For us, ensuring safety is the prerequisite. It is essential for Tokyo Electric Power to appropriately complete the engineering work, to be followed by examination and inspection by the Nuclear Regulation Authority. In addition, a comprehensive report by the IAEA is scheduled to be issued in the first half of this year. We will take actions, including preventing reputational damage and firmly responding to any contingency, while appropriately showing scientific evidence and data related to safety based on the report and being considerate of the feelings and concerns of the local people.
To that end, tomorrow, I will talk to those peoples involved, providing careful explanations to and seeking opinions from them. I will address this matter while engaging in close communication in this way.
Q: TSMC recently expressed its intention to build another semiconductor factory in Kumamoto Prefecture, which will be its second factory in Japan. Could you comment on that?
A: When TSMC Chairman Mark Liu recently visited Japan, he exchanged opinions with me. We had a meeting after he made a presentation to the Prime Minister. He showed a strong eagerness to invest in Japan.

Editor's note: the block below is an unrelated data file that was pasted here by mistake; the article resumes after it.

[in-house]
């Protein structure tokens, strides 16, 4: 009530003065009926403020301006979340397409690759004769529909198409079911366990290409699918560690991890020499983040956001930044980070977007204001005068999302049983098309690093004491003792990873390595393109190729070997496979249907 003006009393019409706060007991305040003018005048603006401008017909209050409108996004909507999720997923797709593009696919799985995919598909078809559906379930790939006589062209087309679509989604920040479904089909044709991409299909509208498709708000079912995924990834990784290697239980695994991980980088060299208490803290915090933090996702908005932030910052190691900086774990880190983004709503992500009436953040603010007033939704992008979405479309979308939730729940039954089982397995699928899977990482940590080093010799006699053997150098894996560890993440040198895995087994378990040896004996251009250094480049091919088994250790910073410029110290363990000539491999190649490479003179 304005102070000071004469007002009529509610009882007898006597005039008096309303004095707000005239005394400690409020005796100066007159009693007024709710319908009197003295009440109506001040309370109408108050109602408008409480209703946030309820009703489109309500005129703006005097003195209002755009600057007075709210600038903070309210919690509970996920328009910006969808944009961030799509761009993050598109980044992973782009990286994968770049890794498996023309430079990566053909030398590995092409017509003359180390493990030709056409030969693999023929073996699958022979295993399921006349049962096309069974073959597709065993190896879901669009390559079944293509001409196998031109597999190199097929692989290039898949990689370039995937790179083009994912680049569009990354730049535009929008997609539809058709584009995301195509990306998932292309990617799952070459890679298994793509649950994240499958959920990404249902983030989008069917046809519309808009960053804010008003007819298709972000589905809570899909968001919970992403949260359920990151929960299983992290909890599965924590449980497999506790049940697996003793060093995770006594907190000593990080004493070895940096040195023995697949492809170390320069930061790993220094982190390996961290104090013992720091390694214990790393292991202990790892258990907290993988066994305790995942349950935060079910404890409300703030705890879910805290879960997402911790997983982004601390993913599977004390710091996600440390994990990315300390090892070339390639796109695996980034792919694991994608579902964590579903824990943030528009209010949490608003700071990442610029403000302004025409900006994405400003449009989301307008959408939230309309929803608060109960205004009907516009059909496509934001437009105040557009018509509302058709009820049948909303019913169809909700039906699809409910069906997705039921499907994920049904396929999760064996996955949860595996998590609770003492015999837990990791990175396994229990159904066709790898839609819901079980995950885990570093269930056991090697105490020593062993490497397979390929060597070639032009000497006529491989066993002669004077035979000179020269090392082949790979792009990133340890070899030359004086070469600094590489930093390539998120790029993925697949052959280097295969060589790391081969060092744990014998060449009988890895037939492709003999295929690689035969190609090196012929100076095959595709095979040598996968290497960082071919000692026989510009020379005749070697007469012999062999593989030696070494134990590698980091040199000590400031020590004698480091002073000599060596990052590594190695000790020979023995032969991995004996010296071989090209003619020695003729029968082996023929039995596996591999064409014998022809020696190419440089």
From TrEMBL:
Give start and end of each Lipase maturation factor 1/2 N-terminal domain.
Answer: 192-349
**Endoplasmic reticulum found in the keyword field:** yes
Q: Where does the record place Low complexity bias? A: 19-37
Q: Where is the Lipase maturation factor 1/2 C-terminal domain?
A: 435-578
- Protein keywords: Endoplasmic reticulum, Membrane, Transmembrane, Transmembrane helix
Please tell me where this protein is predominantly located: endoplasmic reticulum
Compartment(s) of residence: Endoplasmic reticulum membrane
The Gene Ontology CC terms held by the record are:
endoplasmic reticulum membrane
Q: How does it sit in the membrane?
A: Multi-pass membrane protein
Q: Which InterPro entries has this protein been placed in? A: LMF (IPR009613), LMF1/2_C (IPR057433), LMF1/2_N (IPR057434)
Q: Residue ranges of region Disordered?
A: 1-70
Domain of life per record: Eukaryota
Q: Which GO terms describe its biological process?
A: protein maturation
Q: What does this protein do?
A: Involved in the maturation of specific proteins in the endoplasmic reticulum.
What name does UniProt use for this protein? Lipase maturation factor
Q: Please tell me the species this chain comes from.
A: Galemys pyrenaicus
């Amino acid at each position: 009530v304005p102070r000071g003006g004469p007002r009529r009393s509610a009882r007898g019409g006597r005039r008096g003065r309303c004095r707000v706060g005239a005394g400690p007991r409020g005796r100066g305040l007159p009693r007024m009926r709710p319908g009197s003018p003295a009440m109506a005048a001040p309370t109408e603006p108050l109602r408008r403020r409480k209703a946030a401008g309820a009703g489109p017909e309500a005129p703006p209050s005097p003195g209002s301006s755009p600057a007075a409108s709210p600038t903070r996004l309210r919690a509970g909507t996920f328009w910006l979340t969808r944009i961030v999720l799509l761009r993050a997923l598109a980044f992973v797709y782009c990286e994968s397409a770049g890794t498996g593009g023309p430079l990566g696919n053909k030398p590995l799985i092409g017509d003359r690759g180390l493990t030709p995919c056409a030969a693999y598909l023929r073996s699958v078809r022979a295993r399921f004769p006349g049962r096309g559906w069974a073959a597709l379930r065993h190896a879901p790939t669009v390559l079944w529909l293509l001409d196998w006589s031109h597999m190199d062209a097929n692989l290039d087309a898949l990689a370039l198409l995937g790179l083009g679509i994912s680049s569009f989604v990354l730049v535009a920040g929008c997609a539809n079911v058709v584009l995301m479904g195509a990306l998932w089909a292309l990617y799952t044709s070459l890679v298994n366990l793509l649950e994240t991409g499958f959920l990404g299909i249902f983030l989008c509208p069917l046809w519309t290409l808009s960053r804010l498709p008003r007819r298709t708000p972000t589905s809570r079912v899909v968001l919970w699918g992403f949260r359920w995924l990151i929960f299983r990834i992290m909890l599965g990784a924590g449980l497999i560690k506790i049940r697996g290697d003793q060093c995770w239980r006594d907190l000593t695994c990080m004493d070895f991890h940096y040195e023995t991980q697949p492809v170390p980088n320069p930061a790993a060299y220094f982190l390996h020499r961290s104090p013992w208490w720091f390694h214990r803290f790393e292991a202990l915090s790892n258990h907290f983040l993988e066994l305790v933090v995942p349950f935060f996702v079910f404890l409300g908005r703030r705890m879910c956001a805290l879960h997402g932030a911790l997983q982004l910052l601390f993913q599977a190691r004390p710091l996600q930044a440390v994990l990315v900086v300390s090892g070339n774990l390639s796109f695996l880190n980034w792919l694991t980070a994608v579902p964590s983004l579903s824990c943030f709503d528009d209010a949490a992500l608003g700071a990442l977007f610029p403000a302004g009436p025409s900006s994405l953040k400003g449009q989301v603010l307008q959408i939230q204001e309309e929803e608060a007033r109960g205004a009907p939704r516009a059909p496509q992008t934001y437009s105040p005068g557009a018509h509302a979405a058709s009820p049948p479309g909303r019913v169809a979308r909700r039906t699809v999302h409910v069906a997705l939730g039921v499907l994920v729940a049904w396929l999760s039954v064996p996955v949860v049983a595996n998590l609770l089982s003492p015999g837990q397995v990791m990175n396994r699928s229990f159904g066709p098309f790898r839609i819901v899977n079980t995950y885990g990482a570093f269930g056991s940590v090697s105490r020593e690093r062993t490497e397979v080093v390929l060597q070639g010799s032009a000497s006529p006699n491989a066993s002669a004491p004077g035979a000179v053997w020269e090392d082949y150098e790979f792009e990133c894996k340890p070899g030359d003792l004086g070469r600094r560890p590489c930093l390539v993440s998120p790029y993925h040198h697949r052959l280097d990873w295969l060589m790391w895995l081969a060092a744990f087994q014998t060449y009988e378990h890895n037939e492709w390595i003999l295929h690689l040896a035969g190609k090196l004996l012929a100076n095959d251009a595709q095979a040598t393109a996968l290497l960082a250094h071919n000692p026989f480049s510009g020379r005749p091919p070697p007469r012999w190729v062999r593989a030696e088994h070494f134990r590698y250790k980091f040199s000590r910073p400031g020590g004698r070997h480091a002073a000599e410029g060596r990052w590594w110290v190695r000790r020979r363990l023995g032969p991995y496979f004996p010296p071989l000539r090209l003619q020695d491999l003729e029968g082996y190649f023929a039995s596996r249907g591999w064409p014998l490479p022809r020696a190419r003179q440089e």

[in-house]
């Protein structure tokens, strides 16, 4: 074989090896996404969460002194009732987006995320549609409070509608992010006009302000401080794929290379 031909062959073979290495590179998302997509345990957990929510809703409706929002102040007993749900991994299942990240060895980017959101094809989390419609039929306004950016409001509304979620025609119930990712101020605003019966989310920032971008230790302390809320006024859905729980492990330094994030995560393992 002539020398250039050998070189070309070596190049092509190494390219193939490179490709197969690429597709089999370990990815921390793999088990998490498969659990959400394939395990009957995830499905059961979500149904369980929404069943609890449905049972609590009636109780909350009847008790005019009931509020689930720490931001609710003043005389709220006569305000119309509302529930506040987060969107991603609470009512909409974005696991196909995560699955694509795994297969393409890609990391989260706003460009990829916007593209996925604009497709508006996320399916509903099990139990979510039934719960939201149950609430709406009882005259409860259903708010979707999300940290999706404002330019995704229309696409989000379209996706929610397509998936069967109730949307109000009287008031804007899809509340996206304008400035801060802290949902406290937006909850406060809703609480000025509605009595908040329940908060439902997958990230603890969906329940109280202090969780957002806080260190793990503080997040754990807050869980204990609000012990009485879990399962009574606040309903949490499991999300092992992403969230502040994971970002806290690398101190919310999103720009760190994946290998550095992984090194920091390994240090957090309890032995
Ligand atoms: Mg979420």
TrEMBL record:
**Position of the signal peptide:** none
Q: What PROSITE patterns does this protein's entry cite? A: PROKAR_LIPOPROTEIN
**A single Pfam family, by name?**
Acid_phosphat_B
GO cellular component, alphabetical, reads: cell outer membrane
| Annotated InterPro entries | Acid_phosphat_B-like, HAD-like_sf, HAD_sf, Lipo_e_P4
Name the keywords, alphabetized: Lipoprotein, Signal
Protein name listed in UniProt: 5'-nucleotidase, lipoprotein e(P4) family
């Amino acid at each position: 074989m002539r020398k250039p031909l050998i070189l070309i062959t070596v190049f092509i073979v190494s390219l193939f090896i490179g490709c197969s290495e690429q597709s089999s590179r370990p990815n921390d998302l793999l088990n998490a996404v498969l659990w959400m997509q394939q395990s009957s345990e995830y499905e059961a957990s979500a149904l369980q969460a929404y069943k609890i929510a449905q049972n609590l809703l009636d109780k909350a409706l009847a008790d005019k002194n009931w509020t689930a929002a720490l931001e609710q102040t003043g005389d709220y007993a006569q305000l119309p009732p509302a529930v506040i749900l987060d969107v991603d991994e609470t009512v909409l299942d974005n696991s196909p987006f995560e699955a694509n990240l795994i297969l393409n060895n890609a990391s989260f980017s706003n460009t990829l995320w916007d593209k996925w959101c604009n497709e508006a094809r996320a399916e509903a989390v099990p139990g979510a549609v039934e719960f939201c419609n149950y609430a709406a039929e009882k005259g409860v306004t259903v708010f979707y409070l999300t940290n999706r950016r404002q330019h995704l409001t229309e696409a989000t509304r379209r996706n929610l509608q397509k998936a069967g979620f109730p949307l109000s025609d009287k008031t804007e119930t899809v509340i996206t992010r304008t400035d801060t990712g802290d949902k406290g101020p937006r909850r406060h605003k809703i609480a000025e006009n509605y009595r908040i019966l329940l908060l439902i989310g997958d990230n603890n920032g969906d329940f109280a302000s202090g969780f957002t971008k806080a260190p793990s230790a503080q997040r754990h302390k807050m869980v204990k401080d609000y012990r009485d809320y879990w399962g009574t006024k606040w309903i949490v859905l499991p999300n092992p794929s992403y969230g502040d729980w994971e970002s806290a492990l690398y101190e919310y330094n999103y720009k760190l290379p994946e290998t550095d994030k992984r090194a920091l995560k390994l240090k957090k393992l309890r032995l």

I understand that in a press conference after the general shareholders’ meeting on June 6, he issued a statement to the effect that although the construction of a second factory in Japan is still under study, Kumamoto will be considered as a priority candidate site from the economic point of view.
First of all, METI welcomes the fact that TSMC is considering a large-scale additional investment in Japan.
As you know, as part of a new industrial policy, METI has been implementing bold support measures, such as assistance for the construction of the first factory by TSMC and JASM and assistance for Rapidus toward realizing mass production of next-generation semiconductors. We are doing this with a sense of urgency under a strong resolve to create a resilient supply chain for securing necessary semiconductors as the first step in cooperation with like-minded countries and also to ultimately lead the world in the semiconductor sector.
At last month’s meeting to exchange opinions between the Prime Minister and top executives of semiconductor manufacturers, many of them expressed their intention to place importance on Japan and expand investment in the country. I assume that the statement that TSMC issued at this time also reflected the company’s appreciation of our approach.
Going forward, while supporting efforts to realize TSMC’s investment plan, METI will strive to secure necessary budget funds after scrutinizing the specifics of the investment and examining details of the support as well as its financial value.